"The Royal Tenenbaums" Review

April 21, 2020

 

“The Royal Tenenbaums” is a film written and directed by Wes Anderson who is an American filmmaker.

 

Anderson is best known for his odd characters and dysfunctional family settings. His films will overemphasize some personal traits of each character in his film to showcase how difficult relationships can be to maintain. This film in particular highlights just how hard it can be to maintain family relationships, whether it be a sibling rivalry or a complicated parent relationship.

 

This film follows three siblings who all had great success in their childhood and eventually fall to disappointing standards in their adulthood. The siblings Chas, Richie and Margot have been distant for some time, but eventually all find themselves living under the same roof in their childhood house with their mother. They are all brought together by an alarming phone call from their father, Royal, who had been absent for a while and said he was dying of a terminal illness. This news is shocking to his children and his ex-wife Etheline, so they all decided to try and reconcile for what may be Royal’s last days.

 

Anderson likes to touch base with real life situations and how detrimental they can be. As the film moves on, we learn that Royal was faking his illness as a means to see his children and ex-wife once again. Lying is something that arguably everyone has done at least once in their life, and Anderson takes on some extreme measures to display how one little lie can be unraveled into a giant situation. Throughout the film, Margot struggled with being the only adopted child of the Tenenbaums and how she never felt like she was a part of the family. Since she has a hard time coming to terms with it, she concocts lie after lie so that no one will ever know her true self. Marot’s compulsive lying is eventually found out, which affects her relationship with her husband Raleigh, but brings her closer to her family.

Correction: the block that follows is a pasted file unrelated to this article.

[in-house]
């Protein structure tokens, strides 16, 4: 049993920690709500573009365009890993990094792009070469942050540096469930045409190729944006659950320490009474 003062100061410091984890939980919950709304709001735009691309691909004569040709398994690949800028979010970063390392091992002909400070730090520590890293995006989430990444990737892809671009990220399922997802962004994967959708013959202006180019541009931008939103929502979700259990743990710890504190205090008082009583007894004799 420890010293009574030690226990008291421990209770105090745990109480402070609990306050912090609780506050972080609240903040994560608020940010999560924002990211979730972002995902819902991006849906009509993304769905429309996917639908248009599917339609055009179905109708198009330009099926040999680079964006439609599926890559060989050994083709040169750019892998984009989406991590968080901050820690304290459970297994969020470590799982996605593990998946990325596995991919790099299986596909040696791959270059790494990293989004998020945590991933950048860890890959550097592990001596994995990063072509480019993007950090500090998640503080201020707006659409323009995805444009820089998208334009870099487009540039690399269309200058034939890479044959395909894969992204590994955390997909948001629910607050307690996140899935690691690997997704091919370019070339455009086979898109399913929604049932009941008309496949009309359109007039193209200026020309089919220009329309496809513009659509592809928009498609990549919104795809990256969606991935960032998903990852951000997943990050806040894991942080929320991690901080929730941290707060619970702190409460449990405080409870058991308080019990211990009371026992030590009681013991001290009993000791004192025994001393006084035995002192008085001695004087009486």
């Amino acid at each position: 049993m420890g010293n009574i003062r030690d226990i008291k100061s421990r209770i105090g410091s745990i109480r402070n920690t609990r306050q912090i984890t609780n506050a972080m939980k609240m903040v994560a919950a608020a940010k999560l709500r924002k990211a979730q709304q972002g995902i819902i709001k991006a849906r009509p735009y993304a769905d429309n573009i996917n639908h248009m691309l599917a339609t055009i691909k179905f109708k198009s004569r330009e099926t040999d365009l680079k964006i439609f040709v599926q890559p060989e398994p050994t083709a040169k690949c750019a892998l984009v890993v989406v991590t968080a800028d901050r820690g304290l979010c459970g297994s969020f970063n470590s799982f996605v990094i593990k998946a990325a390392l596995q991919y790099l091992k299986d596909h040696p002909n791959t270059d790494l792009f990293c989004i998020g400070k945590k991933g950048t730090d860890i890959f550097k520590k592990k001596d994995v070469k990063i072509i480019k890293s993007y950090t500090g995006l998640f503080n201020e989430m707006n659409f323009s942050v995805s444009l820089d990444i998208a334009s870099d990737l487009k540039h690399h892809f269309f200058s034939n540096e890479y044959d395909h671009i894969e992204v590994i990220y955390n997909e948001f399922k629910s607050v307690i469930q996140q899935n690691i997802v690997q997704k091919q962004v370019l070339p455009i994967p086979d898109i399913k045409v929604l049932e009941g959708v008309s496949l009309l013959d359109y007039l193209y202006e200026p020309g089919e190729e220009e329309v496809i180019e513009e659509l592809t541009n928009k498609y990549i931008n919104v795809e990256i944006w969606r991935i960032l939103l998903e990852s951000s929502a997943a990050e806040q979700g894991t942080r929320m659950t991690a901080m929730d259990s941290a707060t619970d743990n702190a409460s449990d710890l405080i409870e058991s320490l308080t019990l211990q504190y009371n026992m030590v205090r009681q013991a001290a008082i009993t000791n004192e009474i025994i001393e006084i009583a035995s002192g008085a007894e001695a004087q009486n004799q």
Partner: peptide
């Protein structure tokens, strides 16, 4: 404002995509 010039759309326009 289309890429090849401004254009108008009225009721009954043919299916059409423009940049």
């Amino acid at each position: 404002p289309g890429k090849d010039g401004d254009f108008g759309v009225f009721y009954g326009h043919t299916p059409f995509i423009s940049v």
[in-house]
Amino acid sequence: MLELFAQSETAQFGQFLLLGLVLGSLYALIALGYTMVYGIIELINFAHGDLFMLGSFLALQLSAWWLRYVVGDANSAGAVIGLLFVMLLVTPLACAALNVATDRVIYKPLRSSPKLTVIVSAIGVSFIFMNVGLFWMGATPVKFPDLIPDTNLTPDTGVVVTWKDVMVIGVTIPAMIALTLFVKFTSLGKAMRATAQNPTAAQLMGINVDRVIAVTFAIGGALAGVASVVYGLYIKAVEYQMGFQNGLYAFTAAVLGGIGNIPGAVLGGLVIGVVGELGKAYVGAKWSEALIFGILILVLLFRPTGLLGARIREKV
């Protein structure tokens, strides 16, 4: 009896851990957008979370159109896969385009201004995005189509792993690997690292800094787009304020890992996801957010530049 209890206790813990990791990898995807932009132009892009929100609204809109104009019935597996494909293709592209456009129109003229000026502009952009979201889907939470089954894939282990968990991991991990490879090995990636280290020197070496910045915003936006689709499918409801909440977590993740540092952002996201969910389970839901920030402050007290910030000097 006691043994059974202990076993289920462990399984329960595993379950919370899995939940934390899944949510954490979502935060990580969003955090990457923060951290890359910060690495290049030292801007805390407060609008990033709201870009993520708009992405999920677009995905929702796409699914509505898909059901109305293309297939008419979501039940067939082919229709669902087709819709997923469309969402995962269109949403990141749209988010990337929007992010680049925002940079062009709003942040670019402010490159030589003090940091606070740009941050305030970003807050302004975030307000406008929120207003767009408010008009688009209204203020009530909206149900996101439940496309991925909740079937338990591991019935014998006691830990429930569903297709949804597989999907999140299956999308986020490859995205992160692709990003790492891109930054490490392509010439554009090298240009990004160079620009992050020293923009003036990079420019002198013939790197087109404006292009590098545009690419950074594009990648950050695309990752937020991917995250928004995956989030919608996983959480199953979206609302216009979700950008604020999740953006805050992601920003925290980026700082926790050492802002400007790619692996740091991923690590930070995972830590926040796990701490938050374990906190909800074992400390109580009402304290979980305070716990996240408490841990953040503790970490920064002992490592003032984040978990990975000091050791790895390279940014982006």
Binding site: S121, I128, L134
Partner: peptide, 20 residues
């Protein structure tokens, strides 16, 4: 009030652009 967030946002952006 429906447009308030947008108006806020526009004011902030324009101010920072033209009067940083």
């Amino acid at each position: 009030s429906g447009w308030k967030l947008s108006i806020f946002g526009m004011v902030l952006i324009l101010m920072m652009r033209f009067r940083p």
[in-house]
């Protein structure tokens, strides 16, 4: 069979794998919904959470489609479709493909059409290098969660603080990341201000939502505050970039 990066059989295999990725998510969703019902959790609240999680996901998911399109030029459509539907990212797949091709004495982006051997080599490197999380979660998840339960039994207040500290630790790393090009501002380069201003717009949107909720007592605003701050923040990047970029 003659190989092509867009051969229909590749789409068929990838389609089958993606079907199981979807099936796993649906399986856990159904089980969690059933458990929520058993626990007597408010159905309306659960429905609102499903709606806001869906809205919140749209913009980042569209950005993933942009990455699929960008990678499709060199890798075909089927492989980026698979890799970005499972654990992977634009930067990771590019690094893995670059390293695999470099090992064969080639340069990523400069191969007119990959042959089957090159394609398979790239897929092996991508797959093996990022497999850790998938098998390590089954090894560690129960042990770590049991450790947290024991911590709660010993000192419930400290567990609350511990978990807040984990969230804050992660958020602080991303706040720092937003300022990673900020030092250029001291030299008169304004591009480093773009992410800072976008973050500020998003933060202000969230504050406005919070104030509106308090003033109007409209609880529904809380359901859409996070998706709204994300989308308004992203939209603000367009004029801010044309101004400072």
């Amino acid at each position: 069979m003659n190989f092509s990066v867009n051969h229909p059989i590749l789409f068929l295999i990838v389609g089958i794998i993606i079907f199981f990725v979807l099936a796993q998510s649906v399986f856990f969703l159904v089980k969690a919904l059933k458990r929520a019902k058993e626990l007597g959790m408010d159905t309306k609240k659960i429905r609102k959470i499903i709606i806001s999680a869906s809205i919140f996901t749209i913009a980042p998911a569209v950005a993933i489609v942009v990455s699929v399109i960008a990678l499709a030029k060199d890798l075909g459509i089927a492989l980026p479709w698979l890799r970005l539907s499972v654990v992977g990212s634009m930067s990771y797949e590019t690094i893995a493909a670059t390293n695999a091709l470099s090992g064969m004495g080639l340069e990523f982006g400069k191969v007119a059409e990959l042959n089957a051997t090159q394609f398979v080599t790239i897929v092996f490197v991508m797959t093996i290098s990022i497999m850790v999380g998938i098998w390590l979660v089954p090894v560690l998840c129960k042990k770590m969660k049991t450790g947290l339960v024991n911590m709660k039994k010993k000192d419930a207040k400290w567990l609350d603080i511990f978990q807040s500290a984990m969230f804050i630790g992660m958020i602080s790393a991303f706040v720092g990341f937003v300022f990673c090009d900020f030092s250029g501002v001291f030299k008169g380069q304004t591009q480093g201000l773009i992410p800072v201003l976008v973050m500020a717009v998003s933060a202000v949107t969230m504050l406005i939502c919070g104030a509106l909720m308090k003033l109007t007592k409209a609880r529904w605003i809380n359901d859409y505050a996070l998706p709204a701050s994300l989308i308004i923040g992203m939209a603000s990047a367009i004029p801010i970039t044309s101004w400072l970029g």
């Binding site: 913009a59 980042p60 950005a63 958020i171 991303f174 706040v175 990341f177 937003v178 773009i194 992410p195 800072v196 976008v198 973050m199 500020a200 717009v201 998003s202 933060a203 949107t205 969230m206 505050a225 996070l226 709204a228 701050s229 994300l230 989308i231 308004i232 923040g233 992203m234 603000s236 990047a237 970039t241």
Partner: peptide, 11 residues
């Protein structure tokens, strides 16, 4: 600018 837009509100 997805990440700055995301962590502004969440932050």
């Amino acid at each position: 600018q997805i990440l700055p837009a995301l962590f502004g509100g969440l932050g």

Another aspect that Anderson pulls into his films is the concept of failure. Failure is an aspect of each character in the film and towards the end is something that they all come to terms with. This film is a drama comedy that highlights the importance of family and that no matter how much your family might annoy you, having them around to support you when you are down is the best thing. Although the failures have set them back, having them go through the process of redemption has helped them flourish into their best possible self. Character development is an important aspect of Anderson’s films.

 

The thing that makes this film so appealing along with his other films, is not only the relatability amongst the characters throughout the film, but Anderson’s ability to make the film appealing to the eye itself. He uses color combinations and cinematography techniques to highlight and show the artistic aspects of film while bringing personality to the screen.

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